On appeal from the Superior Court of New Jersey, Law Division, Passaic County.
Before Judges King, Muir, Jr. and Eichen.
The opinion of the court was delivered by KING, P.J.A.D.
Plaintiff Robert H. Kessler and defendant Richard Antinora entered into a written agreement for the purpose of building and selling a single-family residence on a lot in Wayne in Passaic County. The concept of the agreement seemed simple: Kessler was to provide the money and Antinora was to act as general contractor. Profits would be divided -- 60% to Kessler, 40% to Antinora -- after Kessler was repaid. No thought was given to losses. The venture lost money. Kessler sued Antinora to recover 40% of his financial losses or $65,742. The Law Division Judge ruled in Kessler's favor on summary judgment. The Judge denied Antinora's cross-motion for summary judgment of dismissal. We disagree, reverse the judgment in Kessler's favor, and order judgment in Antinora's favor.
On April 15, 1987 Kessler and Antinora executed a seven-page written agreement titled "JOINT VENTURE PARTNERSHIP AGREEMENT." The agreement contemplated a single venture: buying a lot in Wayne and building and selling a residence on it. Under the agreement Kessler agreed to "provide all necessary funds to purchase land and construct a one-family dwelling and disburse all funds to pay bills." Antinora agreed to "actually construct the dwelling and be the general contractor of the job."
The agreement provided for distribution of the proceeds of the venture:
9. Distribution. Upon or about completion of the dwelling it shall be placed for sale. Upon sale of same, and after deducting all monies expended by Robert Kessler plus insterest [sic] at prime plus one point and/or including interest or any funds borrowed for the project, not to exceed prime plus one point, engineering fees, architectural fees, legal fees, broker fees, if any, and any other costs connected with the project, the parties, Robert Kessler and Richard Antinora, shall divide the net profits as follows:...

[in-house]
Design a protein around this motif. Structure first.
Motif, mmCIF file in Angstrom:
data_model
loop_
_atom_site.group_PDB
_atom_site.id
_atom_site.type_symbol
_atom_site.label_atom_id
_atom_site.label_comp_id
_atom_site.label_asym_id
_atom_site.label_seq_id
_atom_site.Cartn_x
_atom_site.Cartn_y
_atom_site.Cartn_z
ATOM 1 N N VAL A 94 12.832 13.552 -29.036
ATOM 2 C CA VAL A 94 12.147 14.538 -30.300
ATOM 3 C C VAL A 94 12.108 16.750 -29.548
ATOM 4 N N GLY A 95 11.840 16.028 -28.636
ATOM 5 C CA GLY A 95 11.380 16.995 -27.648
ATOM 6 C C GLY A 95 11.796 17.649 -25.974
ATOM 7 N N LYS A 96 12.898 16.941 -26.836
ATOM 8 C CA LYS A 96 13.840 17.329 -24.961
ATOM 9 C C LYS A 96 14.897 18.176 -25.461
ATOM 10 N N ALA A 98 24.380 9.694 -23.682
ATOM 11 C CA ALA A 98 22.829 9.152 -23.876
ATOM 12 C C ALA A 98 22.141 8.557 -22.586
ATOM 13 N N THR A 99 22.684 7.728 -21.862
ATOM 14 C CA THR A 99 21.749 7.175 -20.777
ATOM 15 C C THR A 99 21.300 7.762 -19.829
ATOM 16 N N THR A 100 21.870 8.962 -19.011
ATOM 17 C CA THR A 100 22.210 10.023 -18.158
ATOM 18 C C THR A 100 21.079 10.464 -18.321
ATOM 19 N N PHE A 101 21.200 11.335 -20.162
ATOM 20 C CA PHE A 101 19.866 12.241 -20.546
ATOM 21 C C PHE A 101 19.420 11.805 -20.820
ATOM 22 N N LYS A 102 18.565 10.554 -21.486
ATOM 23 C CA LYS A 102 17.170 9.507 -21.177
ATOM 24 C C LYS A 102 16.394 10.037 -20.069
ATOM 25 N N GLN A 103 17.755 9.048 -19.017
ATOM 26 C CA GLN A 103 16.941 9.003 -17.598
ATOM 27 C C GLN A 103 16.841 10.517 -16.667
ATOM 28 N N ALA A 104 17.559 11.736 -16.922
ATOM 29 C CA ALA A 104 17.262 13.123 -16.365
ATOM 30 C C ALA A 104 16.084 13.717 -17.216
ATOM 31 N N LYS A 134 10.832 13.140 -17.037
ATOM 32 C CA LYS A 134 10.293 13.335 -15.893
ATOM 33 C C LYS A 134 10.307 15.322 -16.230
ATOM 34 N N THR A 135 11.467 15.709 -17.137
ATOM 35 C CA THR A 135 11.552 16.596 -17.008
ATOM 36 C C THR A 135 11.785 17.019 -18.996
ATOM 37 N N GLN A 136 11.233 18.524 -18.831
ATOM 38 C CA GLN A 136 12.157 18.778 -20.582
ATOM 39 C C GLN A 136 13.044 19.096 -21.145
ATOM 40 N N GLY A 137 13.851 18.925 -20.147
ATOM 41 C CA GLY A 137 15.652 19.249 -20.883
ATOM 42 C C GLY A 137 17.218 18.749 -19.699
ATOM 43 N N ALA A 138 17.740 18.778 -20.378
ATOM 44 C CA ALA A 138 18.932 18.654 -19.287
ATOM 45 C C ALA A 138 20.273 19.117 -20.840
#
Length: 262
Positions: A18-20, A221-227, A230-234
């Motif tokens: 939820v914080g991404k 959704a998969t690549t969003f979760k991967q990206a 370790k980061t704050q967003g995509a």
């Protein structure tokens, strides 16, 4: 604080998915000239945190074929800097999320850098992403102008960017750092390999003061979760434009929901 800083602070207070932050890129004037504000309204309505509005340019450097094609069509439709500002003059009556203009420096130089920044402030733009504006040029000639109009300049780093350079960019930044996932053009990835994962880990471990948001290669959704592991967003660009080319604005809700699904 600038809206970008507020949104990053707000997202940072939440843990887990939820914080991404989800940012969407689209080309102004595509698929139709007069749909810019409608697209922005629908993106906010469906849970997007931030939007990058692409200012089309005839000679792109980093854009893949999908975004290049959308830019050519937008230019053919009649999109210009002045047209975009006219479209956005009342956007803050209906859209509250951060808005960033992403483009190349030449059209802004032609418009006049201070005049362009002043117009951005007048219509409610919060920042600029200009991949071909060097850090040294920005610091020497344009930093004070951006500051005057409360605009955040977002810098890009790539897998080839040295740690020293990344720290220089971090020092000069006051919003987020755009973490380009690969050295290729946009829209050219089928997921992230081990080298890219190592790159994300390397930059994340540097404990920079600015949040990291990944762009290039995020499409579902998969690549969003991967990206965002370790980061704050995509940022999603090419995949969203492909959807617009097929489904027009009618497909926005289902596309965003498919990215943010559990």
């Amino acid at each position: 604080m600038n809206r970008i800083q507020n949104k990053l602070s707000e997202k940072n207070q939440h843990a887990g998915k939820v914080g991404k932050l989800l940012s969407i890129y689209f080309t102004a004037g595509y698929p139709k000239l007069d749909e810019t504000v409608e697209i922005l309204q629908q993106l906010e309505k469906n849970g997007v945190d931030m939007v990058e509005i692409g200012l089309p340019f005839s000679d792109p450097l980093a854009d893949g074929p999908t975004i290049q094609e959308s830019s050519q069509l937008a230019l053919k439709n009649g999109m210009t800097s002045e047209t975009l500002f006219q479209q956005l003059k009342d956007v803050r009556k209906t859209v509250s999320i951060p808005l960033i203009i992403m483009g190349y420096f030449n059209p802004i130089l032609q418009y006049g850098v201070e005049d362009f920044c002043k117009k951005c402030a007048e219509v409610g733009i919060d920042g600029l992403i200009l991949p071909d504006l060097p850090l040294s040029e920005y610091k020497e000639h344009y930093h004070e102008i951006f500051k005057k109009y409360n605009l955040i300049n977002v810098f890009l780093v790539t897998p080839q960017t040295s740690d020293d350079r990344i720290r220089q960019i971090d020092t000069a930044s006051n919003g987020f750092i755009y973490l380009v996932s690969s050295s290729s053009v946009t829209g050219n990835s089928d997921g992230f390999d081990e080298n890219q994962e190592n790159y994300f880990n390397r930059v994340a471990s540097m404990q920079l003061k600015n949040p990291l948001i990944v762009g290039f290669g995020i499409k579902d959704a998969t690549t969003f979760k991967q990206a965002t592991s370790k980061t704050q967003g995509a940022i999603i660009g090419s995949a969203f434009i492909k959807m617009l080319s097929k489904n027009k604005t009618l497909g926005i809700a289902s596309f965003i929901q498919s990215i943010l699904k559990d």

Robert Kessler - sixty (60%) percent
Richard Antinora - forty (40%) percent
The agreement was silent about losses. There was no provision to compensate Antinora for any services other than the 40% profit clause.
Both parties complied with the agreement. Kessler provided the funds; Antinora supervised and delivered the finished house. This took over three years. Meanwhile, the real estate market soured. The house sold on September 1, 1991 for $420,000. The cost incurred in building and selling the house was $498,917.
Kessler was repaid all but $78,917 of the money he advanced pursuant to the contract. He also claimed unreimbursed interest of $85,440 for his self-characterized "loan" to the partnership. This claim for interest is disputed as to amount. Kessler thus claimed a total loss of $164,357. He sought and obtained his summary judgment in the Law Division for 40% of this amount, or $65,742.80. No ...